Acute traumatic spinal cord injury

Parveen Athar MD (Dr. Athar of the University of Texas Health Science Center has no relevant financial relationships to disclose.)
Courtney M Preston MD (Dr. Preston of the University of Texas Health Science Center has no relevant financial relationships to disclose.)
Osman Athar (Mr. Athar of the University of Texas Health Science Center has no relevant financial relationships to disclose.)
Randolph W Evans MD, editor. (Dr. Evans of Baylor College of Medicine received honorariums from Allergan and DepoMed for speaking engagements.)
Originally released June 7, 1999; last updated September 19, 2014; expires September 19, 2017

Overview

Spinal cord injury is a devastating condition often affecting healthy individuals around the world. Currently in the United States, motor vehicle accidents account for the largest percentage of new acute traumatic spinal cord injuries, followed by falls and violence. It is estimated that in the United States, there are approximately 260,000 people living with spinal cord injury and 12,000 new cases annually. Recent advances in both medical and surgical treatment of spinal cord injury have shown much promise in the past several years and may ultimately offer novel therapeutic strategies as regenerative and reparative approaches become translated to the clinic. The authors provide an updated overview of the disease, including presentation and modern diagnosis and management principles, both surgical and nonsurgical.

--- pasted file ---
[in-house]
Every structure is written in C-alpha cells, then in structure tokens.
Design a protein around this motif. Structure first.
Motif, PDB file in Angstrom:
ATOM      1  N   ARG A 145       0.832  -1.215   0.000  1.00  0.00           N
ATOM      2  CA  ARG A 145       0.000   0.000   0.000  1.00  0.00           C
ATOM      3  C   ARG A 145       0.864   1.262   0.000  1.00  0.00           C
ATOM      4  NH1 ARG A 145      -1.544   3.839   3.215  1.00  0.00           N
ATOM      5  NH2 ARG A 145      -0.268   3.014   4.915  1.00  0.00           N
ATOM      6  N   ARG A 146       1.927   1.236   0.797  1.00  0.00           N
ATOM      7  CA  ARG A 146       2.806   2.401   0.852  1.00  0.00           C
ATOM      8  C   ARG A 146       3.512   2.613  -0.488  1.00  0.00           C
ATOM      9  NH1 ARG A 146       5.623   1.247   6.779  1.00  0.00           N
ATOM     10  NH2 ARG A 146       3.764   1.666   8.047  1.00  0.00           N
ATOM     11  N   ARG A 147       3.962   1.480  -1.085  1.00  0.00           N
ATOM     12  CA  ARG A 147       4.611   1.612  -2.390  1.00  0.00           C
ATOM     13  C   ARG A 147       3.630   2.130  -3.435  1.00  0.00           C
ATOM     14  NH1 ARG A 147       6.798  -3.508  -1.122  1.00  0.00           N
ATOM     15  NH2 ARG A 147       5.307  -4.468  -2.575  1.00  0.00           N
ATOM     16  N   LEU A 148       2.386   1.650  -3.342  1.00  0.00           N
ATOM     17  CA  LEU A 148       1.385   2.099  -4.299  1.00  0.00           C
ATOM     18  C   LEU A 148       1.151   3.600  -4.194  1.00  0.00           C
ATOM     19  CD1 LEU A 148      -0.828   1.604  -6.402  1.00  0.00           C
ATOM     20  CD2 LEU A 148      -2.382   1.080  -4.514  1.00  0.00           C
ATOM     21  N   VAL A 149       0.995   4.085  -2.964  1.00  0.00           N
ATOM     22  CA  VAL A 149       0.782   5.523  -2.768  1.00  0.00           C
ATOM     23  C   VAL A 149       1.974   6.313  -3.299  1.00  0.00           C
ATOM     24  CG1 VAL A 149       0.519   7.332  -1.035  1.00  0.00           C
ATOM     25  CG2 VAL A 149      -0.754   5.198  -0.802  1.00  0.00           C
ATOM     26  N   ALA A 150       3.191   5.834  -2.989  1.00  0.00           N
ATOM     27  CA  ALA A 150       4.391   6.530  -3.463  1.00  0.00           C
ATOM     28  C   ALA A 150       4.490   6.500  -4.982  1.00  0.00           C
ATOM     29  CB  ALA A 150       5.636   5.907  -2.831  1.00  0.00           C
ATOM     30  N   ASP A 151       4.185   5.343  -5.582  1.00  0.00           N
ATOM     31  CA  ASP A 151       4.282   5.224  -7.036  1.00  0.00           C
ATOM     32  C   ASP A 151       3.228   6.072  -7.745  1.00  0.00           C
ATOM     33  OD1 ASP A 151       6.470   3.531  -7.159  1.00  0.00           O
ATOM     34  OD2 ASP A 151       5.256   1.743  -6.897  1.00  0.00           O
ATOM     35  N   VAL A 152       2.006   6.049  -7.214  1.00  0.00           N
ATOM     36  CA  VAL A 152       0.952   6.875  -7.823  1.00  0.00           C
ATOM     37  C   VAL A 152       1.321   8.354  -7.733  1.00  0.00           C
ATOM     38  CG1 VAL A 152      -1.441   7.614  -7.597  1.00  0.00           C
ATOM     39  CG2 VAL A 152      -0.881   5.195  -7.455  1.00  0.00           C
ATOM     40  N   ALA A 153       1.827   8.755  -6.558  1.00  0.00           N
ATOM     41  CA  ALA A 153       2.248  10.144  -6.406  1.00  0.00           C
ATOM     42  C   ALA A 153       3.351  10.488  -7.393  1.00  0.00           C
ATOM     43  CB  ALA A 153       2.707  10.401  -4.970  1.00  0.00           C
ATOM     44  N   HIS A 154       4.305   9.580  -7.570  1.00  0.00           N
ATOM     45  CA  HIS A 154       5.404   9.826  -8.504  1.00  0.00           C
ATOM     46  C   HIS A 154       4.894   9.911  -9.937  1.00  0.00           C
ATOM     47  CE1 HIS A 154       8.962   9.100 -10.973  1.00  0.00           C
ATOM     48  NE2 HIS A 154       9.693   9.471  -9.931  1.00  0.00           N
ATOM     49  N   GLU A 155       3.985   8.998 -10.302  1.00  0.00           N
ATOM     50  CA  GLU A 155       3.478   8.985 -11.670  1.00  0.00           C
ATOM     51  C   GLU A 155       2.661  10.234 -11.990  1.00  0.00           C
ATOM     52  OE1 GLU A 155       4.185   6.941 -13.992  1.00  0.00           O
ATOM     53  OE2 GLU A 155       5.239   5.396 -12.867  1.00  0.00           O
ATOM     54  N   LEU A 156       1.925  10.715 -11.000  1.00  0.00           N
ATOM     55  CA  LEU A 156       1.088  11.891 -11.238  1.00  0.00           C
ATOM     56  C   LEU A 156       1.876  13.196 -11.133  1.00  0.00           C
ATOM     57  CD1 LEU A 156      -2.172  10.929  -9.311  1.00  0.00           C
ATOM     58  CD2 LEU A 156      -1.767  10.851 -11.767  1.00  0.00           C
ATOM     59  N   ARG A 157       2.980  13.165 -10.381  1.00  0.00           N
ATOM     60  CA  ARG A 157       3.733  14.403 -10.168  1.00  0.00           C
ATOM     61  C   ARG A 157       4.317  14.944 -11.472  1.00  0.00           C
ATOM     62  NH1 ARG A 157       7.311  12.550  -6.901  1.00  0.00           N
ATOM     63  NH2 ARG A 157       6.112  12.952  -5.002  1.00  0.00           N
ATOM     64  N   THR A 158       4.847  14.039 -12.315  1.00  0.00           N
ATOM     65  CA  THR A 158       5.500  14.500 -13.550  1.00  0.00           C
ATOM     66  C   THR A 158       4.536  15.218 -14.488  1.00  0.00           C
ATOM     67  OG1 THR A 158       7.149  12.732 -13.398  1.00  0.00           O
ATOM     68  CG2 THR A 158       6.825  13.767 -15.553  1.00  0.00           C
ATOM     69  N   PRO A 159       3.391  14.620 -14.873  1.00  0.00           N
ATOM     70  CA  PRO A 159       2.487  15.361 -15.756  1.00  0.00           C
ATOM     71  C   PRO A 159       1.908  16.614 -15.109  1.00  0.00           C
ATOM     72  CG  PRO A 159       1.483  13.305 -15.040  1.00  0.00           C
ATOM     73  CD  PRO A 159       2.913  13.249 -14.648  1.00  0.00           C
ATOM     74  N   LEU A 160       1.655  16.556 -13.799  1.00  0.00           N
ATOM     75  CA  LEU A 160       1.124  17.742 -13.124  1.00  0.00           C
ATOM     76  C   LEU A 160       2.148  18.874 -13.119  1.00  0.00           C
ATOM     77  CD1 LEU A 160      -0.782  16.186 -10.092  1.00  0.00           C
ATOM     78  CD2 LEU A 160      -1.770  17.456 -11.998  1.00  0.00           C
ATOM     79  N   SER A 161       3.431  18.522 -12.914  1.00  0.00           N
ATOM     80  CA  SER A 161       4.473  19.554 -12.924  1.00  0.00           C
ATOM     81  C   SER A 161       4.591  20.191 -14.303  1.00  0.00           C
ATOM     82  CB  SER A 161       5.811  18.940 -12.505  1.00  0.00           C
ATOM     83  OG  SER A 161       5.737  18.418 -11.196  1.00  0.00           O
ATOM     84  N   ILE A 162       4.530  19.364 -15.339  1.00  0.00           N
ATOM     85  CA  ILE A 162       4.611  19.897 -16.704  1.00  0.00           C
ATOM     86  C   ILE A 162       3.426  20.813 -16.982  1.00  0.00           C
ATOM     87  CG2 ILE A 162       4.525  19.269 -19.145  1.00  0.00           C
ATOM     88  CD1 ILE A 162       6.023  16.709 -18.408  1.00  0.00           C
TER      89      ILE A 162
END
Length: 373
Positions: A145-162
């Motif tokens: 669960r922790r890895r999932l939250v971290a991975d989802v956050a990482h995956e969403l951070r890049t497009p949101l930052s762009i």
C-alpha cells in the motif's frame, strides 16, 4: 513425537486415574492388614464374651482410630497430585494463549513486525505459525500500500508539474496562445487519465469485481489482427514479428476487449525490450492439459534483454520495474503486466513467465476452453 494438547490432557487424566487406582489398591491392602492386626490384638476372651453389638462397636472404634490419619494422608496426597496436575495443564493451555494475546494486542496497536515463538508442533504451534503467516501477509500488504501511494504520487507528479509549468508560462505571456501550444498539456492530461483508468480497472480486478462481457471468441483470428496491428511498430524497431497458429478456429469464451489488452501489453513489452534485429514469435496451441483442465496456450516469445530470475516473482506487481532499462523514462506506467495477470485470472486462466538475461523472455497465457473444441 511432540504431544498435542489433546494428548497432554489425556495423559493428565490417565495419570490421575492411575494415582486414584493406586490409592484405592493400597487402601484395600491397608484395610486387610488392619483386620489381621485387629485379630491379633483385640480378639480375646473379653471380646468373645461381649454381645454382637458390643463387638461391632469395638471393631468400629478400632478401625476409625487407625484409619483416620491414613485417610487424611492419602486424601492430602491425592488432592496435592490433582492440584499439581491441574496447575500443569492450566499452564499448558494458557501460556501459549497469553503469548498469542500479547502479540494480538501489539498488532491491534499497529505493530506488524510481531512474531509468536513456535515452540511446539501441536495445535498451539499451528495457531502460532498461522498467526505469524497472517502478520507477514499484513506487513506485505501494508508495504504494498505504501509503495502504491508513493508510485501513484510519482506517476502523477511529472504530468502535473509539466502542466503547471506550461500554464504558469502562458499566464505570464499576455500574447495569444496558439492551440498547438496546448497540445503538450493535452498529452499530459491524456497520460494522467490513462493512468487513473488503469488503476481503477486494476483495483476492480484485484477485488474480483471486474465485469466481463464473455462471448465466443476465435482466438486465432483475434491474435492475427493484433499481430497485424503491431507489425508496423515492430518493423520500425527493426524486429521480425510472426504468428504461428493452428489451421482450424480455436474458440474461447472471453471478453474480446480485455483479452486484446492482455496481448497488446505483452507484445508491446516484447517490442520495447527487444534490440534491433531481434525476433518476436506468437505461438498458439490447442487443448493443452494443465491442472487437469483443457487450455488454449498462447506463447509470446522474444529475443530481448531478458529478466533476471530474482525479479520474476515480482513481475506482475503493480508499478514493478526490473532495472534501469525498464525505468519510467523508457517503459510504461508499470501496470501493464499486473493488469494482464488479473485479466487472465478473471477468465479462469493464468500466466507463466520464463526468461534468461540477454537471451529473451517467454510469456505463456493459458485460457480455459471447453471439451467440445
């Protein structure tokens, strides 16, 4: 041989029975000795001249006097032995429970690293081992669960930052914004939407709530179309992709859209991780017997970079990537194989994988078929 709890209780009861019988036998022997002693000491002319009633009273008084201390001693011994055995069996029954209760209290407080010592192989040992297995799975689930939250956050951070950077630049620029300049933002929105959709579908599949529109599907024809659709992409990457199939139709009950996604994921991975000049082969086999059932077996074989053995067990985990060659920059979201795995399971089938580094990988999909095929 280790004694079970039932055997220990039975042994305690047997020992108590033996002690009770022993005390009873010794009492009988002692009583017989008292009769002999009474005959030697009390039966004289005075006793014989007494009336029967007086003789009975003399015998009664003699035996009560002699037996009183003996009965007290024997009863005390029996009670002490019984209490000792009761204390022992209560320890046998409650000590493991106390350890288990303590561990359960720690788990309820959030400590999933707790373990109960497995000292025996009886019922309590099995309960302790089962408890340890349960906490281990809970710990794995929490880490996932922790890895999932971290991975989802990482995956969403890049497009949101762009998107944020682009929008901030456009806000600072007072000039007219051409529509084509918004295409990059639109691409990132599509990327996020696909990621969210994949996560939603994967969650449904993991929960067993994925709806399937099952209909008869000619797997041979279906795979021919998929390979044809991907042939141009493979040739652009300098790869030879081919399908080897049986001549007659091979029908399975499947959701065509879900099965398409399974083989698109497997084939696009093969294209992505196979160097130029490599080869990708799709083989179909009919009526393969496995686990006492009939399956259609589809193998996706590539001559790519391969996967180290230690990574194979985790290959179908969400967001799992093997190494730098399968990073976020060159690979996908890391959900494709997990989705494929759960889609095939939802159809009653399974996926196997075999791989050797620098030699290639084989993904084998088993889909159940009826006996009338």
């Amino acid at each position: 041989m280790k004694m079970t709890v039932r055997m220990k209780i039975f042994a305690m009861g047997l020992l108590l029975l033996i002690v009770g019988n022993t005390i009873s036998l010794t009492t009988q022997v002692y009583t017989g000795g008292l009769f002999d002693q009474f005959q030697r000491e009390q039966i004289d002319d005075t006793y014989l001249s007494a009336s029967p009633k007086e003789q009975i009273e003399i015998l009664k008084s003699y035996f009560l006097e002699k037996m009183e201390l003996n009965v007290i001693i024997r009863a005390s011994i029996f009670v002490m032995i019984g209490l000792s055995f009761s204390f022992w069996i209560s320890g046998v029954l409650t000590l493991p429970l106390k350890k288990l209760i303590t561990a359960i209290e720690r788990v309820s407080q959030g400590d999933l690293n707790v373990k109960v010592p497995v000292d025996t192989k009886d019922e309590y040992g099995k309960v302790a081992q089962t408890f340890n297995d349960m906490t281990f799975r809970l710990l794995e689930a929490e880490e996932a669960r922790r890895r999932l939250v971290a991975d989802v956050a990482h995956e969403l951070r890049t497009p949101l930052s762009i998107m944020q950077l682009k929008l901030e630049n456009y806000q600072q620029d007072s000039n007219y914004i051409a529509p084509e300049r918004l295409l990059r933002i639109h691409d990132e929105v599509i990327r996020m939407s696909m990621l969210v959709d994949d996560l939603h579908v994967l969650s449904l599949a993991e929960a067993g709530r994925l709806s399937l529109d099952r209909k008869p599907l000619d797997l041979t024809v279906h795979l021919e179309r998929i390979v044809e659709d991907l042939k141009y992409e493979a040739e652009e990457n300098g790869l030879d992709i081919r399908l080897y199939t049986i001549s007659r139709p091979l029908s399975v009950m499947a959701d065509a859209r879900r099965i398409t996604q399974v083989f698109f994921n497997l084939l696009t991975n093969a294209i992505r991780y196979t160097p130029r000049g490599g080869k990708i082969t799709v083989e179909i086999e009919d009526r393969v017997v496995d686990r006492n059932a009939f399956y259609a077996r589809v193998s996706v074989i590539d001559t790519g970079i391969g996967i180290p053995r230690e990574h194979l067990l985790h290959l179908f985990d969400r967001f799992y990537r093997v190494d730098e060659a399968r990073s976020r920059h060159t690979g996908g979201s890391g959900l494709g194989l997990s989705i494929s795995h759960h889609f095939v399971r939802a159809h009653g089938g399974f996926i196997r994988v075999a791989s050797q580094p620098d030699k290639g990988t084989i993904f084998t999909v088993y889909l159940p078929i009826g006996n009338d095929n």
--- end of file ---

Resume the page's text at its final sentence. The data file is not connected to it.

Key points

 

• Acute spinal cord injury is a devastating condition that affects mostly healthy individuals around the world, with motor vehicle accidents being the major cause.

 

• Several mechanisms may collectively contribute to spinal cord injury, including primary injury (ie, direct tissue destruction) or secondary injury (ie, biochemical derangement, hemodynamic alteration).

 

• Prevention of spinal cord injury remains the most effective method of managing this horrible condition.

 

• There are no medical treatments that effectively treat acute spinal cord injury, and the use of steroids (particularly methylprednisolone) is still controversial.

 

• Early surgical treatment, when indicated, may improve functional outcome.

Historical note and terminology

The earliest clinical account of spinal cord injury was given in the Edwin Smith Papyrus as "a disease that cannot be treated" (Elsberg 1931). Hippocrates advocated several methods of reducing chronic spinal deformities, whereas Galen was able to localize cervical spinal cord injury by performing extensive vivisections. The biomechanical principle of immobilization was strongly advocated by Herbert Burrell, who also emphasized the need for spinal reduction (Sanan and Rengachary 1996). A gloomy prognosis for patients with spinal cord injury prevailed until the end of World War II. In 1944 Sir Ludwig Guttman founded the Spinal Injury Center at Stoke Mandeville Hospital in Aylesbury, England, the first center of its kind to focus on global care for patients with spinal cord injury. Subsequently, in the United States, the Veteran Administration initiated spinal cord injury services. These centers emphasized patient education, education to health care providers, prevention, early diagnosis, treatment of the injury and its complications, and physical and occupational health with rehabilitation facilities.

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